Apparently, TV Really IS Dangerous

In Freakonomics, we wrote that children who watch TV don’t do any worse (or better) on early childhood test scores than kids who don’t watch. More recently, Matt Gentzkow and Jesse Shapiro made a similar argument in a paper called “Does Television Rot Your Brain,” which Austan Goolsbee wrote about in Slate.

But in two separate incidents in Brooklyn recently, TV has actually killed children – by falling on them. Last week, the New York Times reported that a four-year-old girl named Debbie Lerner was killed when her family’s 27-inch TV/DVD/VCR fell off its rolling stand and crushed her. A three-year-old named Alexander Williams, also of Brooklyn, died last month in a similar fashion. These deaths prompted CBS’s The Early Show to run a report on the problem (CBS apparently discovered a third New York death in recent months).

This CBS piece pointed out how rare such accidents are: “The Consumer Product Safety Commission … has received reports of 57 deaths associated with furniture tip-overs from January 1999 through March 2005.” Still, this is one area in which size obviously matters, and I hope that as families continue to buy bigger and bigger TV sets – especially wall-mounted flat-screens – they take extra care to keep their kids safe.


davidmin

We actually switched to an LCD for the bedroom TV because of that.

prosa

" I hope that as families continue to buy bigger and bigger TV sets – especially wall-mounted flat-screens – they take extra care to keep their kids safe"

The lighter weight of flat screen TV's mean they're likely to do _less_ damage if they fall on children.

Daniel

Soon, they'll be so thin they'll be able to slice your poor unsuspecting children right in half... then we can reminisce about the good ol' days when our tvs were merely crushing people.

wkwillis

But flat screen tvs are also more "tippy" than the cubical tvs.

Big Tony

This gives me good leverage convincing my wife why we need a flat-screen TV.

fishkro

A good friend had a T.V. fall on her 4 year old. The little girl did not die but is severely brain damaged. She has had several major surgeries and suffers with almost daily seizures.
I wonder what the statistics are for survivors of a T.V. fall?

fishkro

Not to be the voice of doom….But I remember several years ago reading about a woman who was moving her T.V. and it was dropped. When she turned it on later it exploded and a shard of glass struck her in the neck killing her.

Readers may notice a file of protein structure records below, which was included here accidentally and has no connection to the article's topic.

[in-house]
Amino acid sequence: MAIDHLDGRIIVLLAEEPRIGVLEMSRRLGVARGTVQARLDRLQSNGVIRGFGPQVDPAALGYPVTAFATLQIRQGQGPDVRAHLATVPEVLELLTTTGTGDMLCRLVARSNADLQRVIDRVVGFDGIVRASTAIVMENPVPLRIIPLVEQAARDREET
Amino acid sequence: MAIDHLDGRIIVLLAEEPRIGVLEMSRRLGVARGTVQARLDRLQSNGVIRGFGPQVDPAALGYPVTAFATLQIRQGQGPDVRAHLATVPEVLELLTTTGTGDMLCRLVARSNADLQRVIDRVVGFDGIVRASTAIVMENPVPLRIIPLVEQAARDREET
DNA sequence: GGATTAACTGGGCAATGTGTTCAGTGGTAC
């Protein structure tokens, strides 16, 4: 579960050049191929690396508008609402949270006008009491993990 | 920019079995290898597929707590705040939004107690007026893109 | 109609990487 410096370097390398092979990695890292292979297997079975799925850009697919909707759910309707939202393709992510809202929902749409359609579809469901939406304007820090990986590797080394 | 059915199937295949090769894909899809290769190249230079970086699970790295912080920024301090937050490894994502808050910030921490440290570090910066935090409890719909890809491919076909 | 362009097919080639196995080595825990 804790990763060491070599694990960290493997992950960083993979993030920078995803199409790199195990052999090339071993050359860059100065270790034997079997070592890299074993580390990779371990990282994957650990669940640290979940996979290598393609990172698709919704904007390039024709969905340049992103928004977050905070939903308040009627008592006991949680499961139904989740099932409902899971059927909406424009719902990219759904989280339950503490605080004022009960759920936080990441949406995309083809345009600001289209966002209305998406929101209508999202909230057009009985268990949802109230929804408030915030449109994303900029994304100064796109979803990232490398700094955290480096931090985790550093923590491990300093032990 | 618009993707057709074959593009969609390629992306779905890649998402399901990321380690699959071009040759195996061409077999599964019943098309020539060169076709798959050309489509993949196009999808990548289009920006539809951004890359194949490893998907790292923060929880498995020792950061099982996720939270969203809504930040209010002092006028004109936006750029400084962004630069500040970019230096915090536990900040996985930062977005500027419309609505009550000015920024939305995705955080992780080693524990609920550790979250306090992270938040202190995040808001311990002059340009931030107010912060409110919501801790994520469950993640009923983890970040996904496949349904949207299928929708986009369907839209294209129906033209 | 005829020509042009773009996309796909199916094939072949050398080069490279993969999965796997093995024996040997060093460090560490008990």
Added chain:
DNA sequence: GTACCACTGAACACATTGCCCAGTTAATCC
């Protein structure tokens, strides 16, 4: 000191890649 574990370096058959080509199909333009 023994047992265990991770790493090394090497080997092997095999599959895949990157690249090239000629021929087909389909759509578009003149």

If I remember correctly it was in the Sacramento area. And I read it in the “ legitimate press” it wasn't an Urban Legend. Although it's bizarre enough to be!

Todd

I agree that heavier TVs can cause more damage and wall-mounted TVs create new ways for accidents to happen. But a larger screen also lessens the need to be close to the TV in the first place. Might that not act to counter an increase in the number of accidents as screen sizes increase?

davidmin

We actually switched to an LCD for the bedroom TV because of that.

prosa

" I hope that as families continue to buy bigger and bigger TV sets - especially wall-mounted flat-screens - they take extra care to keep their kids safe"

The lighter weight of flat screen TV's mean they're likely to do _less_ damage if they fall on children.

wkwillis

But flat screen tvs are also more "tippy" than the cubical tvs.

Big Tony

This gives me good leverage convincing my wife why we need a flat-screen TV.

fishkro

A good friend had a T.V. fall on her 4 year old. The little girl did not die but is severely brain damaged. She has had several major surgeries and suffers with almost daily seizures.
I wonder what the statistics are for survivors of a T.V. fall?

fishkro

Not to be the voice of doom....But I remember several years ago reading about a woman who was moving her T.V. and it was dropped. When she turned it on later it exploded and a shard of glass struck her in the neck killing her.
If I remember correctly it was in the Sacramento area. And I read it in the " legitimate press" it wasn't an Urban Legend. Although it's bizarre enough to be!

Todd

I agree that heavier TVs can cause more damage and wall-mounted TVs create new ways for accidents to happen. But a larger screen also lessens the need to be close to the TV in the first place. Might that not act to counter an increase in the number of accidents as screen sizes increase?